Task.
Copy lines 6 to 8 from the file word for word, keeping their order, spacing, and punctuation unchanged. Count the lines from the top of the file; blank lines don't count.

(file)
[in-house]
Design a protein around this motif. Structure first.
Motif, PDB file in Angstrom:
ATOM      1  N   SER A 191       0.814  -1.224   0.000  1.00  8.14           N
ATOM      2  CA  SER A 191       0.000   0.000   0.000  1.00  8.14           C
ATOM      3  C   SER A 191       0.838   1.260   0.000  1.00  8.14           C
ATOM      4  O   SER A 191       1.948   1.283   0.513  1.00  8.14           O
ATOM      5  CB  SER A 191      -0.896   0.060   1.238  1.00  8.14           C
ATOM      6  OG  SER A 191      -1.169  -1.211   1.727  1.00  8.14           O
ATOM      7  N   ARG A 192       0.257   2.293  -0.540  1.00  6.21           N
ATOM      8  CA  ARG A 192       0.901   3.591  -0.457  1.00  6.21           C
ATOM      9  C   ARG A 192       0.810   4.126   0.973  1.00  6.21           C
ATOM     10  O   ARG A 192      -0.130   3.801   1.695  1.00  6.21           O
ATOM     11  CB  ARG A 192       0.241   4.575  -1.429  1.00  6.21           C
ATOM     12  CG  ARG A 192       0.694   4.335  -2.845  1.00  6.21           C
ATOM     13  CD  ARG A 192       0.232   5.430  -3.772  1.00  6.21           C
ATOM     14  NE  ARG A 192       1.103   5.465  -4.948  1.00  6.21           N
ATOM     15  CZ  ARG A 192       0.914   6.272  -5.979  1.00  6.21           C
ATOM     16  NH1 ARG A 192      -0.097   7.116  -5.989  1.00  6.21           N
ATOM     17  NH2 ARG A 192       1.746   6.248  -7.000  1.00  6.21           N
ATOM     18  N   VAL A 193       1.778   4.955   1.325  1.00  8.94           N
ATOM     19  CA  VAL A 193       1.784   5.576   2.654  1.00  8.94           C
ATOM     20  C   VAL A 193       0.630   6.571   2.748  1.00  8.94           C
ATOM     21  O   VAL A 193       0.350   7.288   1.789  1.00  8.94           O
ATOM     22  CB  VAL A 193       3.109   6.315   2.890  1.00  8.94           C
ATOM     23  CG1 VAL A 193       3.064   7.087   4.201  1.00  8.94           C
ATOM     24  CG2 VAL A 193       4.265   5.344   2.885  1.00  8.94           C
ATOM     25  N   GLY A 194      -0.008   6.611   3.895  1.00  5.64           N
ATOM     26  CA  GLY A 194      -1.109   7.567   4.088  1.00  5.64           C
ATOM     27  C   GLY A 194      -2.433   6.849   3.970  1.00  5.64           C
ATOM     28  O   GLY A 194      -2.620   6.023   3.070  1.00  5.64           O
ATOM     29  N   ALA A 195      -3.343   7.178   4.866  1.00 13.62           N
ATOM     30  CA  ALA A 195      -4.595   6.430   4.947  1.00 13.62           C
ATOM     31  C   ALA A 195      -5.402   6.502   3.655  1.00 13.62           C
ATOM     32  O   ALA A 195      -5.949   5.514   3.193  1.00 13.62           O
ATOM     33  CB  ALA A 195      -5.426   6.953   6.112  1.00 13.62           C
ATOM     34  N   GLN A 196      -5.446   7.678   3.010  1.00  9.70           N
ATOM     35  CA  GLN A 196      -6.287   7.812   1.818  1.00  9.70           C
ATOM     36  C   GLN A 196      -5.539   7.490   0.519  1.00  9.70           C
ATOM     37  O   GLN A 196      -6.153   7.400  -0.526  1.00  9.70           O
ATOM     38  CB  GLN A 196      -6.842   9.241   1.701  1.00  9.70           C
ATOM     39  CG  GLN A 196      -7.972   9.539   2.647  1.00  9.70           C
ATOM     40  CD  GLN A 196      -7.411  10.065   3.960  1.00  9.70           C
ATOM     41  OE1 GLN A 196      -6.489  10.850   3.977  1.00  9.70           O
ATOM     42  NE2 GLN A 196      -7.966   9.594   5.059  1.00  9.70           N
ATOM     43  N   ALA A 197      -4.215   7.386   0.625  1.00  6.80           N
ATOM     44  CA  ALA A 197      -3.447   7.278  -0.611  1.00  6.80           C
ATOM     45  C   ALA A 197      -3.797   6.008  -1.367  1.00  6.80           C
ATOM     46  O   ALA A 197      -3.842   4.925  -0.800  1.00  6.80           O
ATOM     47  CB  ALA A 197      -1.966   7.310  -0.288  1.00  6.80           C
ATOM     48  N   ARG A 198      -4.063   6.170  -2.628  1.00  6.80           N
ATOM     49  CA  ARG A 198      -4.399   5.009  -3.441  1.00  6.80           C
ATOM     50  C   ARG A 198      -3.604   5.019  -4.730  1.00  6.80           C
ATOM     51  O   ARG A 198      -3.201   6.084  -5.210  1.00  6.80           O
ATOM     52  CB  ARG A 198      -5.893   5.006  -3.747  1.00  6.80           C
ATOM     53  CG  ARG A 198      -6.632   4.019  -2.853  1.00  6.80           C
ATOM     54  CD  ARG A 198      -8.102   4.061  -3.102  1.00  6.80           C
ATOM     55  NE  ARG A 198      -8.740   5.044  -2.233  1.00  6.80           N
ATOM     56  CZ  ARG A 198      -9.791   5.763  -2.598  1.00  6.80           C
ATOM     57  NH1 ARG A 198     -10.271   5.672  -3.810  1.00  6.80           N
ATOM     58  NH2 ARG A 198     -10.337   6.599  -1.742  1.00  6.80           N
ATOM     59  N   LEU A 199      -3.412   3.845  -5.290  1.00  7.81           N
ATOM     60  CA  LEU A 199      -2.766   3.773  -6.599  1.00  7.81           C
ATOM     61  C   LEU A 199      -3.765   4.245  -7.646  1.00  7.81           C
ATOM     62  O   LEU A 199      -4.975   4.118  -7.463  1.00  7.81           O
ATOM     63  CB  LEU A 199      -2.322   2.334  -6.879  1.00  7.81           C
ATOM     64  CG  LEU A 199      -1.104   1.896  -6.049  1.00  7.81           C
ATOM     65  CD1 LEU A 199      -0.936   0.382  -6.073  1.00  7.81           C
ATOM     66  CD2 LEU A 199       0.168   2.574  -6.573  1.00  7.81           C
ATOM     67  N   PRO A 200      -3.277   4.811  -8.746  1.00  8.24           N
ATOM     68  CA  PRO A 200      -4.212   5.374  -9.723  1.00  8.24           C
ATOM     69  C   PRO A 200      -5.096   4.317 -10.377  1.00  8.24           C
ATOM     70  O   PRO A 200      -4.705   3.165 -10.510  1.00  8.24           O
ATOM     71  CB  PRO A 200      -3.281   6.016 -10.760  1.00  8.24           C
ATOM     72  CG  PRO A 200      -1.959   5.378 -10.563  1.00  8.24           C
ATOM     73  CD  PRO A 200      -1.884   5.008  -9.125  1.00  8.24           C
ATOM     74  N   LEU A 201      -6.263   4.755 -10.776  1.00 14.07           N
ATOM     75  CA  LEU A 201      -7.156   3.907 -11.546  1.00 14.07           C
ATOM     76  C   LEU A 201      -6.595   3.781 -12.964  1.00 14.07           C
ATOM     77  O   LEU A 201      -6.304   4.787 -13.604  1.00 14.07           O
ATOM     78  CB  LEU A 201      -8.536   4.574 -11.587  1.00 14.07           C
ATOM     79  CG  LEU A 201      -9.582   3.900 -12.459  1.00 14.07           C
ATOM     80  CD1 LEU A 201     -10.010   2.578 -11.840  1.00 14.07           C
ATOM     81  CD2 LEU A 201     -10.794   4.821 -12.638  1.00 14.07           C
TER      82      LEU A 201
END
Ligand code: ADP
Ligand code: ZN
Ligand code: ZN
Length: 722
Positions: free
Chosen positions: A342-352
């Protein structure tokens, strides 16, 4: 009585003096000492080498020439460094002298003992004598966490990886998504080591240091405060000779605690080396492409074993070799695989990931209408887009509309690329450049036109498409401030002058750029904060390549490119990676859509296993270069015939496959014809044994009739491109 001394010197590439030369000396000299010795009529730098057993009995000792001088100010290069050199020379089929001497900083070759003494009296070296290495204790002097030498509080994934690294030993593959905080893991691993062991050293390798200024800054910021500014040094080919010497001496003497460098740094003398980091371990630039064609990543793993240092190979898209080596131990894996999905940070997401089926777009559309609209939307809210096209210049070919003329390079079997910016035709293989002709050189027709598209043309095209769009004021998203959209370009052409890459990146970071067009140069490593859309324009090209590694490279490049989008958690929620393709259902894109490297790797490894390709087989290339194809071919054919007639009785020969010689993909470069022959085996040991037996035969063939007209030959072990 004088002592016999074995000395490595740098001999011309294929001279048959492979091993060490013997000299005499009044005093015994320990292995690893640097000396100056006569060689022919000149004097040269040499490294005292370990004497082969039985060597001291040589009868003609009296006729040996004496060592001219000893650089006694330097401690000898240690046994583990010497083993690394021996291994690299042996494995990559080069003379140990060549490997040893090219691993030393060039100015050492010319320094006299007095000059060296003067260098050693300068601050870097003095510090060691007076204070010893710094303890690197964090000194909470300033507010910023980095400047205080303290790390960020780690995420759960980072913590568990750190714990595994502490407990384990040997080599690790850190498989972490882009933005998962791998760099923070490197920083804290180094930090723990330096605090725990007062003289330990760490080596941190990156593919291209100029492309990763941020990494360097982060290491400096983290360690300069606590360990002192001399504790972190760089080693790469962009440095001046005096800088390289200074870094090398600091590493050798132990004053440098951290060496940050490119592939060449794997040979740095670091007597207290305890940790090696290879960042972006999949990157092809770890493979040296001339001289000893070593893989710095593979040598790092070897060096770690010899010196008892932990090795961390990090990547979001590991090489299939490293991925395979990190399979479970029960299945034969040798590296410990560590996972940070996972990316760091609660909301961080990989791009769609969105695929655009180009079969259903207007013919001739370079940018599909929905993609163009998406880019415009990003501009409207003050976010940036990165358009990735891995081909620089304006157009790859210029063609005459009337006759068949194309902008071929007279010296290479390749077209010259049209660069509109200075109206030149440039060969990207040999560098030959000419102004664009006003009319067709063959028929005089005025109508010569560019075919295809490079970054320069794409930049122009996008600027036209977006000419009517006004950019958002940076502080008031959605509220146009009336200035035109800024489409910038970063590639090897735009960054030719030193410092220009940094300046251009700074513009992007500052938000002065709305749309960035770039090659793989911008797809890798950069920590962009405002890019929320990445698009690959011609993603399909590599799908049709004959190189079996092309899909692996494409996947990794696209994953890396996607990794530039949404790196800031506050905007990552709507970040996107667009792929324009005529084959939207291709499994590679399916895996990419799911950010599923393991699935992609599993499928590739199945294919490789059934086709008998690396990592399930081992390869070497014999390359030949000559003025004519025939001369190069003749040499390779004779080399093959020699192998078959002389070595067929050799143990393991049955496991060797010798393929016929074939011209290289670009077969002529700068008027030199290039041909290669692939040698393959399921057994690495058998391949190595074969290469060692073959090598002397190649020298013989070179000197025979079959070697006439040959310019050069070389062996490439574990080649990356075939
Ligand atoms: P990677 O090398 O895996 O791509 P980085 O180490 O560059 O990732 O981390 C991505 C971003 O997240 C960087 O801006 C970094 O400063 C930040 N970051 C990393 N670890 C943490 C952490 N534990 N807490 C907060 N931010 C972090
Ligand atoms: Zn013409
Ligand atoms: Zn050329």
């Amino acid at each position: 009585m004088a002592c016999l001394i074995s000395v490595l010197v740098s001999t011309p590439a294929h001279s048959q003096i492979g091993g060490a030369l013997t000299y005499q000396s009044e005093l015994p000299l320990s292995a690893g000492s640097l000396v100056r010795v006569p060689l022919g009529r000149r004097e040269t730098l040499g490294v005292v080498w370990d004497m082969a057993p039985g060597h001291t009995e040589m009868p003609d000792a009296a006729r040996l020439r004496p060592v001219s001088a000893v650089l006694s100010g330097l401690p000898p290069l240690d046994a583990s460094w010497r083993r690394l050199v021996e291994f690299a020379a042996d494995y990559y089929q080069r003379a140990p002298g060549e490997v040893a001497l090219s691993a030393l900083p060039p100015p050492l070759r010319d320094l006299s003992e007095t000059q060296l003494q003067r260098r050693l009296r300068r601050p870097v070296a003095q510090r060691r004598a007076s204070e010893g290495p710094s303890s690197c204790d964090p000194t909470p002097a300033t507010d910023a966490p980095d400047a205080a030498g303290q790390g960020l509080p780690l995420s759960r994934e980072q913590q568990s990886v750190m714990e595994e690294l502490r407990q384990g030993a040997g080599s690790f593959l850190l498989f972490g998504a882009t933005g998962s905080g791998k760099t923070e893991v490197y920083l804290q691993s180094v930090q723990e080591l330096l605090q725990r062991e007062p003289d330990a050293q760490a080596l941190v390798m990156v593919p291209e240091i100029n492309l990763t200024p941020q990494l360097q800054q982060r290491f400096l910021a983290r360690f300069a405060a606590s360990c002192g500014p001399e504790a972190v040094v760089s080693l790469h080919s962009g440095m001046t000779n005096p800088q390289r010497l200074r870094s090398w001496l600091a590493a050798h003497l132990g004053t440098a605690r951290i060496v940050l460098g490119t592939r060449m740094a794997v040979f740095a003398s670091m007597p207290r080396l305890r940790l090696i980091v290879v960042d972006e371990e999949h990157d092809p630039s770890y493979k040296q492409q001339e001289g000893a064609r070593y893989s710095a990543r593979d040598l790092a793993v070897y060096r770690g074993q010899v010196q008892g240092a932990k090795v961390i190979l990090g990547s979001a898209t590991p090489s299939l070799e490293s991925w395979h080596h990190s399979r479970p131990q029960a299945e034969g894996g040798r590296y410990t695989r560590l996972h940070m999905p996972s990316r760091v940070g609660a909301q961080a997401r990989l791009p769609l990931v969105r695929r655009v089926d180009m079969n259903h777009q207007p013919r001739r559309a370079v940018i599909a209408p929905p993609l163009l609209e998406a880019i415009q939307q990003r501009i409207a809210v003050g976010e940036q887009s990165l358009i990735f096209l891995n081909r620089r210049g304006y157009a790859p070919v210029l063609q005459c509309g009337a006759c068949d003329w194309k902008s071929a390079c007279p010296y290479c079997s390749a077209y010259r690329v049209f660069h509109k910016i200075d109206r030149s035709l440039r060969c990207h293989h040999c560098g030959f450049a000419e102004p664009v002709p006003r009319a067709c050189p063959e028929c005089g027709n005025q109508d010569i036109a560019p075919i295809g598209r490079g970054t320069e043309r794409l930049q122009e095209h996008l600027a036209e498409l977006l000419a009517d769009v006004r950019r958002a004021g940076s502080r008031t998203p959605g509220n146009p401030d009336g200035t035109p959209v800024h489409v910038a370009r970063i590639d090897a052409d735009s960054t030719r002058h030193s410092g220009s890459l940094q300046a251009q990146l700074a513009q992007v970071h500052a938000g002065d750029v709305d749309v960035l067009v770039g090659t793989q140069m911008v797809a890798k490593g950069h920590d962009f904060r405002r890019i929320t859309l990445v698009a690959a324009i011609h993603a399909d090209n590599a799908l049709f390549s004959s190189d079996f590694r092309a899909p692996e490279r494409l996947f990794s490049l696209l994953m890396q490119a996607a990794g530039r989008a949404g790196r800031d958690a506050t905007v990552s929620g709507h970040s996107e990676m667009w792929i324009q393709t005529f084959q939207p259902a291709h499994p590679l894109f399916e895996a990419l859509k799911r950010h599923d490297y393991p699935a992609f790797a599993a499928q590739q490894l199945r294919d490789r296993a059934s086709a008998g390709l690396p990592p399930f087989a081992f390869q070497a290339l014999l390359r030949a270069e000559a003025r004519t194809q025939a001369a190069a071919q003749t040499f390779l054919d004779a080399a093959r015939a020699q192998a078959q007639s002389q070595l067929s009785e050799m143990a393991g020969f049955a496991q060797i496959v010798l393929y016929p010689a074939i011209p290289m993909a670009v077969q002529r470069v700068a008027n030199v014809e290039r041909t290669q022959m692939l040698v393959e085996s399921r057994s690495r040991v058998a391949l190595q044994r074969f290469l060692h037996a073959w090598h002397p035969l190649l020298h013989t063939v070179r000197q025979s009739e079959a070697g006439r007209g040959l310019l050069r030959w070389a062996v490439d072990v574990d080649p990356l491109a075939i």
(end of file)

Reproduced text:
ATOM      3  C   SER A 191       0.838   1.260   0.000  1.00  8.14           C
ATOM      4  O   SER A 191       1.948   1.283   0.513  1.00  8.14           O
ATOM      5  CB  SER A 191      -0.896   0.060   1.238  1.00  8.14           C